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Max-fossils

Hi all,

 

A handful of days ago there was a sand pile right in my neighborhood. Not sure why it was there, probably someone was making constructions to their house, but in any case I was happy. That's because that kind of sand comes straight from the North Sea, which is full of Eemian fossil sediments! So I took a little plastic bag and spent an hour or two looking in that pile of sand for fossils. The very common Eemian bivalves came up abundantly (so species like Mactra plistoneerlandica, Cerastoderma edule, C. glaucum, Macoma balthica, etc), but that is not what I was too excited about. Seeing that the sand pile was rather small, it forced me to focus on just that little pile. Which is great, because therefore I actually started looking much more closely, and hereby also collecting tiny micro-fossils! Lots of gastropods, which is awesome because these are not as common as bivalves in these sediments. I namely found a complete yet puny Anomia ephippium, some very small Cerastoderma's, and also the ones attached. 

I would love to be able to bring these down to species level. So I am asking for your help!

 

The Hague, Netherlands (from North Sea sediments)

Eem Formation

Eemian, Pleistocene; 120'000 y

 

Thanks in advance,

 

Max

 

 

#1: Looks a little bit like Macoma balthica, but still a bit different... Very likely from the Tellinidae

 

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Max-fossils

#2

I think from the Truncatelloidae superfamily?

 

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Max-fossils

#3

From the Naticidae family I'm pretty sure. 

 

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Max-fossils

#4

Also from the Truncatelloidea?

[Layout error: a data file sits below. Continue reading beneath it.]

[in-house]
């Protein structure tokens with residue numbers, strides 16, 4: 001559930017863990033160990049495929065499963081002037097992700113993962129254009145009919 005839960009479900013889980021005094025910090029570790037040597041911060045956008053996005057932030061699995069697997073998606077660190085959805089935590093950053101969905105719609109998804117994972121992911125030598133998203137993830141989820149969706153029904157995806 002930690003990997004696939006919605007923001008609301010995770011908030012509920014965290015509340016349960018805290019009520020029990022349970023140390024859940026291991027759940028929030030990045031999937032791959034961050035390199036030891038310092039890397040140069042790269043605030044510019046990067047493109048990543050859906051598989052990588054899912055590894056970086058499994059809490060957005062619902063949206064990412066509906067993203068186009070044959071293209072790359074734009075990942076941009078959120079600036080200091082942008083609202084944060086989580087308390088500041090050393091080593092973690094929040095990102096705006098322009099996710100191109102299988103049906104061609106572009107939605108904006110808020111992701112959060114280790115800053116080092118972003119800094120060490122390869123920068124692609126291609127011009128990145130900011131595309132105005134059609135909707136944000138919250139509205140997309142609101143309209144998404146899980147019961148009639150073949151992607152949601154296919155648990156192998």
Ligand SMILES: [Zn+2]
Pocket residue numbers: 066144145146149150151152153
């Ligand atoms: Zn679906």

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Max-fossils

#6

 

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Max-fossils

#7

 

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Max-fossils

#8

From the Astartidae family 

 

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Tidgy's Dad

Nice finds! :)

Don't think i can help narrow them down any further, though. 

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MikeR

I am not an expert with Dutch Plio-Pleistocene but iI will give it a go. I think Mactridae instead of Tellinidae, Veneridae instead of Astartidae and the rams horn snail might be Planorbidae.  The other looks somewhat like Succinea a semi-aquatic land snail but I am not sure.

 

Mike

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MikeR

Belay that.  Not Mactridae but Semelidae.  Link

 

The other small bivalve is known unofficially as an LWC (little white clam).  There are a lot of different kinds which require a lot of research to identify correctly.

 

Mike

 

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caldigger
1 hour ago, MikeR said:

The other small bivalve is known unofficially as an LWC (little white clam).  There are a lot of different kinds which require a lot of research to identify correctly.

 

Mike

 

Mike, when posting the scientific nomenclature please use italics!

Little white clam. ;)

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MikeR
1 hour ago, caldigger said:

Mike, when posting the scientific nomenclature please use italics!

Little white clam. ;)

:dinothumb:

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Max-fossils
18 hours ago, Tidgy's Dad said:

Nice finds! :)

Don't think i can help narrow them down any further, though. 

Thanks Adam. They were especially fun to find. It was the first time that I was looking for micro-fossils outside. 

 

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doushantuo

anybody interested in this?

huj.jpg

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Max-fossils

@MikeR thanks for the help!

I agree with Semelidae for #1.

Does LWC refer to #7? If so, I'll just keep it as Bivalvia indet.